Besides daytime oxidation, nighttime oxidation of isoprene by NO3 contributes significantly to the budget of organic nitrates [Horowitz et al., 2007; von Kuhlmann et al., 2004; Xie et al., 2013]. This pathway is initialized by addition of NO3 to one of the double bonds of isoprene, followed by production of organic nitrates with high yield (65–85%) [Paulson and Seinfeld, 1992; Perring et al., 2009a; Rollins et al., 2009]. These organic nitrates can degrade in a matter of hours to more stable forms of organic nitrates, leading to the formation of SOA [Rollins et al., 2009].
 Isoprene chemistry is of particular importance in affecting summertime ozone over the eastern U.S. [Jacob et al., 1993], with important implications for air quality management. Both global and regional chemical transport models tend to overestimate summertime surface ozone over the eastern U.S. by 10–20 ppb [Fiore et al., 2009; Lin et al., 2008; Murazaki and Hess, 2006; Rasmussen et al., 2012; Yu et al., 2007; Yu et al., 2010]. Fiore et al.  suggested that this problem might be due to incorrect representation of isoprene sources and chemistry.
 The ICARTT aircraft campaign is a unique resource for testing models of isoprene chemistry and the impact of isoprene on ozone. It provided a detailed characterization of boundary layer chemistry across the eastern U.S. in July–August 2004 [Fehsenfeld et al., 2006; Singh et al., 2006]. Two aircraft were deployed with comprehensive chemical payloads, including measurements of isoprene and several of its oxidation products [Fried et al., 2008; Perring et al., 2009b; Warneke et al., 2010]. Previous analyses of isoprene chemistry using ICARTT data have been presented by Horowitz et al. , Perring et al. [2009b], and Xie et al.  with a focus on isoprene nitrates, and by Stavrakou et al.  with a focus on HOx.
 A number of previous studies have applied GEOS-Chem to simulation of the ICARTT data, including evaluation with observations of NOx and ozone [Hudman et al., 2009; Hudman et al., 2007; Liang et al., 2007], CO [Hudman et al., 2008; Turquety et al., 2007], HCHO [Millet et al., 2006], and aerosols [Drury et al., 2010; Fu et al., 2009; Heald et al., 2006]. In particular, Hudman et al.  found that the lightning NOx source inferred from the ICARTT data was much larger than expected, and Hudman et al.  found the need for a 60% reduction in CO emissions relative to the National Emission Inventory (NEI 99) from the U.S. Environmental Protection Agency (EPA). Hudman et al.  indicated no significant bias in their simulation of ozone over the eastern U.S. after the lightning correction, and neither did a subsequent GEOS-Chem study by Zhang et al. . However, those model versions assumed an unreasonably high yield of isoprene nitrates (18%) and that isoprene nitrates behaved like a terminal sink for NOx.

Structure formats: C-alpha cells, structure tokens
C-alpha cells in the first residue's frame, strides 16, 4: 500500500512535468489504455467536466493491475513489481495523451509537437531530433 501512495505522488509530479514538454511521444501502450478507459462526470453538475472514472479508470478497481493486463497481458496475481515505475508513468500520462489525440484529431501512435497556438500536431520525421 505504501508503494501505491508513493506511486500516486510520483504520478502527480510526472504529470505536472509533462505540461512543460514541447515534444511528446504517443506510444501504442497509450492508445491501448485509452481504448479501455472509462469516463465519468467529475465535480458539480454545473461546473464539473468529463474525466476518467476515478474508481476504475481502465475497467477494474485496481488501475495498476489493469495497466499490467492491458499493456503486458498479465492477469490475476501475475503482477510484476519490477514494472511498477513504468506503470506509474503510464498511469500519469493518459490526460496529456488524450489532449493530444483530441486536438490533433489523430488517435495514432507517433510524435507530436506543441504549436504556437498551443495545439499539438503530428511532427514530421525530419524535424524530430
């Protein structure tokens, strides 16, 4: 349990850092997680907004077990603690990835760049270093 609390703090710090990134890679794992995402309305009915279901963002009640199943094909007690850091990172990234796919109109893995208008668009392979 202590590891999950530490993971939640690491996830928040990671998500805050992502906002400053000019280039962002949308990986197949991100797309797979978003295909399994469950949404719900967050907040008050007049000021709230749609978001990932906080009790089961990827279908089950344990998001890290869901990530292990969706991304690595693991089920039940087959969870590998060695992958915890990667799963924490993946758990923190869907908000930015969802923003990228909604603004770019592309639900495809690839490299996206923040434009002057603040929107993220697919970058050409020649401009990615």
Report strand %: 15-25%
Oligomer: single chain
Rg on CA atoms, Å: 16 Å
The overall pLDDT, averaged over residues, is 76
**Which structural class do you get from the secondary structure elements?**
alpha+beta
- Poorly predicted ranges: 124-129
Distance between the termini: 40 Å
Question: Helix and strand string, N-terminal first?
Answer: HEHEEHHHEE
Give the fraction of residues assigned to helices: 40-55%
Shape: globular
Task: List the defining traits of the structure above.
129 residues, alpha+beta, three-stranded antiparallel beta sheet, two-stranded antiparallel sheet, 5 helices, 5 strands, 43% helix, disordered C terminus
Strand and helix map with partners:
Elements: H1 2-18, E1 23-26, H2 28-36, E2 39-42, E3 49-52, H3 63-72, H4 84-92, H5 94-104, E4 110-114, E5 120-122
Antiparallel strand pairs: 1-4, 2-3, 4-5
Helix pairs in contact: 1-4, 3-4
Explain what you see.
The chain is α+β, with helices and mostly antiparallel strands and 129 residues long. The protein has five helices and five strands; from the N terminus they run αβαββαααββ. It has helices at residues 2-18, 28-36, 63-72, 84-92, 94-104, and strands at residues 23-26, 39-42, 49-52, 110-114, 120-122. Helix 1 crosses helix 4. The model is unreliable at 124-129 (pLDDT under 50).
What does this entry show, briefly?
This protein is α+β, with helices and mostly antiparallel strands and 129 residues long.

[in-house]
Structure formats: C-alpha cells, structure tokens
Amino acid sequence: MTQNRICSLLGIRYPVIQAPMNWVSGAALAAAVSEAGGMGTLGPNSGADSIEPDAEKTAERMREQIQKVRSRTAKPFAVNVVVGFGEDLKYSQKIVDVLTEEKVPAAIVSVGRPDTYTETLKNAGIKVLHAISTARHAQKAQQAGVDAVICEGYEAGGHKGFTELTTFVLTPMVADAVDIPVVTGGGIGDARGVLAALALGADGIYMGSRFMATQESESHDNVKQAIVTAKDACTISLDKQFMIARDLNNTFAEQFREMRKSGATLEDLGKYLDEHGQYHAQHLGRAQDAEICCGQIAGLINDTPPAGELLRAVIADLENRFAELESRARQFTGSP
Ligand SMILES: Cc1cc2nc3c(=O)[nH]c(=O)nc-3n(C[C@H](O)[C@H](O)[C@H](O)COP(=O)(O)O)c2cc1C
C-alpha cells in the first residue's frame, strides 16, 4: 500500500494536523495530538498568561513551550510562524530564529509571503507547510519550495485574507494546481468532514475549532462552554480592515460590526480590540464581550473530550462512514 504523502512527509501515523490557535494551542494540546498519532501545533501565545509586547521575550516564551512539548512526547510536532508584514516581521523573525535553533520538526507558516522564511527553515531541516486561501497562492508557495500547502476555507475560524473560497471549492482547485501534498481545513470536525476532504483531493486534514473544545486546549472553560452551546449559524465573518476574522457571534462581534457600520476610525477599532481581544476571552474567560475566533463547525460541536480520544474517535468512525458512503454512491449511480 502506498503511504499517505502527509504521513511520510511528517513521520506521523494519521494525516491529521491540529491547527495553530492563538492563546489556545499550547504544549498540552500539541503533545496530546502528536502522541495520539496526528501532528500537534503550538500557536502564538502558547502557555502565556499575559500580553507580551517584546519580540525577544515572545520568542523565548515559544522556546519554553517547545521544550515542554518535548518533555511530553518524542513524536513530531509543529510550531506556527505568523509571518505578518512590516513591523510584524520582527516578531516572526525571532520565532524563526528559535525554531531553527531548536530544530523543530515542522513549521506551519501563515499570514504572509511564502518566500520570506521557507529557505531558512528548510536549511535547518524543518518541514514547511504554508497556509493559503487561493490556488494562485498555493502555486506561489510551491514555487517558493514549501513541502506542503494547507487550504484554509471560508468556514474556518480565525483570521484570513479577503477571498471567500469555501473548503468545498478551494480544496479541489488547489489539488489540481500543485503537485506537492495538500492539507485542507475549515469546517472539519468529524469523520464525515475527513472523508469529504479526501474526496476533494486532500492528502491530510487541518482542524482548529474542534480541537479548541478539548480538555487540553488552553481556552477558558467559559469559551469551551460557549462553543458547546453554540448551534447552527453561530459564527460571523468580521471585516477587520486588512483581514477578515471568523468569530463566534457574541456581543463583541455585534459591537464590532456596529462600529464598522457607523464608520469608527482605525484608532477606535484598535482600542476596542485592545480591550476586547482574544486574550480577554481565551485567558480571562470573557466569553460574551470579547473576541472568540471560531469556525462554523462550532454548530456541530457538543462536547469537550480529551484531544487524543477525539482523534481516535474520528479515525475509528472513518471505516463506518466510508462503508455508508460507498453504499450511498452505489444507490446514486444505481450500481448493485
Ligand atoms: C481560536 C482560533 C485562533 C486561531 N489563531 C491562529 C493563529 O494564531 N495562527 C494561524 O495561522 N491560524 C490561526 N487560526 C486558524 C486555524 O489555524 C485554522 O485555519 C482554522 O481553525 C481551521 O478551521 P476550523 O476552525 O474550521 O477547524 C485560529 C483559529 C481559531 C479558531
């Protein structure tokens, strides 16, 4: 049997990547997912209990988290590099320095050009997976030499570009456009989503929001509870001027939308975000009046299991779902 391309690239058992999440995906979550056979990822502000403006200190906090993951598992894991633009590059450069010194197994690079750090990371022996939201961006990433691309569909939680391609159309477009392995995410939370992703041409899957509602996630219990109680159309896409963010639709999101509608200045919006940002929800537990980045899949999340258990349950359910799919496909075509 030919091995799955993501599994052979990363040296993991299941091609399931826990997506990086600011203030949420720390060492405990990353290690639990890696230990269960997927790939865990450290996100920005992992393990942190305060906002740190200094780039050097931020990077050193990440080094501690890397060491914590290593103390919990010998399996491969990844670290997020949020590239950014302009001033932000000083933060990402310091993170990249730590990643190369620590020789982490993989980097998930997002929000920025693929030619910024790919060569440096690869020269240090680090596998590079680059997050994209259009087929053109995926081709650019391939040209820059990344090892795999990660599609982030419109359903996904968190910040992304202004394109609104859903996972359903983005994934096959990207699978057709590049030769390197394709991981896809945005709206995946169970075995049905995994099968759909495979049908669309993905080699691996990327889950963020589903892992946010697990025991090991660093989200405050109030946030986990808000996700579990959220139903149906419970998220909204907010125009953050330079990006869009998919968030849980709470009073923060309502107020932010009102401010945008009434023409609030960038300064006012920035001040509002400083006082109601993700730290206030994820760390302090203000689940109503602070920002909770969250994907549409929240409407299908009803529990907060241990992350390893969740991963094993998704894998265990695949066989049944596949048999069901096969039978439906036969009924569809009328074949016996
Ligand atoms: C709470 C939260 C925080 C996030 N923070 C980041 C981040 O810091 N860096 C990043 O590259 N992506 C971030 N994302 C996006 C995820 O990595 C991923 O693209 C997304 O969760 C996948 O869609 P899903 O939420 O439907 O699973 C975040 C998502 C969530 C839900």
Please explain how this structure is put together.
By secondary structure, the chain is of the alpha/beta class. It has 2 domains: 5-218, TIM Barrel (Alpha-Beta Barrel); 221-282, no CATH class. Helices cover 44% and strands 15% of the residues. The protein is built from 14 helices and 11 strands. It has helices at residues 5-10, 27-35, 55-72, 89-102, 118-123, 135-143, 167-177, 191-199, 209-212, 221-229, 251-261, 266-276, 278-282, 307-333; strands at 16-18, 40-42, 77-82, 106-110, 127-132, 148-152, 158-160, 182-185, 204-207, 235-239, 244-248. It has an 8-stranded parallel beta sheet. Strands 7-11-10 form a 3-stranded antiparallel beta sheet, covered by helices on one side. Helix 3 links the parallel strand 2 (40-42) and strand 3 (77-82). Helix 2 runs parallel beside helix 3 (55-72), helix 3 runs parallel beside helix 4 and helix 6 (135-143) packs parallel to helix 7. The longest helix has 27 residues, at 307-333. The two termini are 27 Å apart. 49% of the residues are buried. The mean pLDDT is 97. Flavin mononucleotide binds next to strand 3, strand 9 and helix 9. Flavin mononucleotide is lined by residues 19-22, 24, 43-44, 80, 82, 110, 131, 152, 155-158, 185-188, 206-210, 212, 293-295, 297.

Here we implement in GEOS-Chem a state-of-science isoprene chemistry mechanism based on Paulot et al. [2009a] and Paulot et al. [2009b], along with other updates, and evaluate the simulation of ozone, isoprene oxidation products, and related chemical correlations during ICARTT. From there we gain insights into the organic nitrates produced from isoprene oxidation and their role in ozone chemistry, and we discuss the sensitivity of summertime surface ozone to isoprene emissions.
2 GEOS-Chem Model
2.1 General Description
 GEOS-Chem is a global 3-D chemical transport model driven by assimilated meteorological observations from the Goddard Earth Observing System (GEOS-5) of the NASA Global Modeling and Assimilation Office [Bey et al., 2001]. We apply here GEOS-Chem version 9-01-03 (http://www.geos-chem.org) to simulation of the ICARTT period (1 July to 15 August 2004). The GEOS-5 meteorological data have 6 h temporal resolution (3 h for surface variables and mixing depths) with 0.5° × 0.667° horizontal resolution and 72 vertical layers from the surface to 0.01 hPa. We regrid here the meteorological data to 2° × 2.5° for input to GEOS-Chem. The model is initialized with a 1 year simulation from June 2003 to June 2004 with 4° × 5° resolution and from June 2004 with 2° × 2.5° resolution. Boundary layer mixing in GEOS-Chem uses the nonlocal scheme [Holtslag and Boville, 1993] implemented by Lin and McElroy . Stratospheric ozone is simulated with a linearized ozone (Linoz) algorithm described by McLinden et al. .
 Biogenic emission of isoprene follows the process-based Model of Emissions of Gases and Aerosols from Nature (MEGAN) inventory [Barkley et al., 2011; Guenther et al., 2006; Millet et al., 2008] with monthly mean leaf area index from the Moderate Resolution Imaging Spectroradiometer satellite instrument [Myneni et al., 2007]. The resulting North American isoprene emission is 10.2 TgC for June–August 2004 (65°W to 130°W, 20°N to 50°N), in line with an independent estimate of 7.1–11.6 TgC inferred from satellite data for formaldehyde [Millet et al., 2008].
 Anthropogenic emission inventories in GEOS-Chem include EPA NEI-05 for the U.S., Criteria Air Contaminants (CAC) for Canada (http://www.ec.gc.ca/pdb/cac/cac_home_e.cfm), Big Bend Regional Aerosol and Visibility Observational (BRAVO) for Mexico [Kuhns et al., 2005], Monitoring and Evaluation of the Long-range Transmission of Air Pollutants in Europe (EMEP) for Europe [Vestreng and Klein, 2002], and Streets et al.  for East Asia. We reduce CO emissions in the NEI-05 inventory by 53% following Hudman et al. . This reduction is consistent with other estimates of U.S. CO emissions based on atmospheric observations [LaFranchi et al., 2013; Miller et al., 2012; Miller et al., 2008; Parrish, 2006]. For the rest of the world we use the Emissions Database for Global Atmospheric Research (EDGAR) emission inventory for CO, NOx, and SO2 [Olivier and Berdowski, 2001] and the Reanalysis of the Troposhperic chemical composition (RETRO) emission inventory for volatile organic compounds (VOCs) [Schultz et al., 2007]. All anthropogenic emissions are scaled to 2004 based on the changes in total CO2 emissions, which are obtained from the Carbon Dioxide Information Analysis Center [van Donkelaar et al., 2008].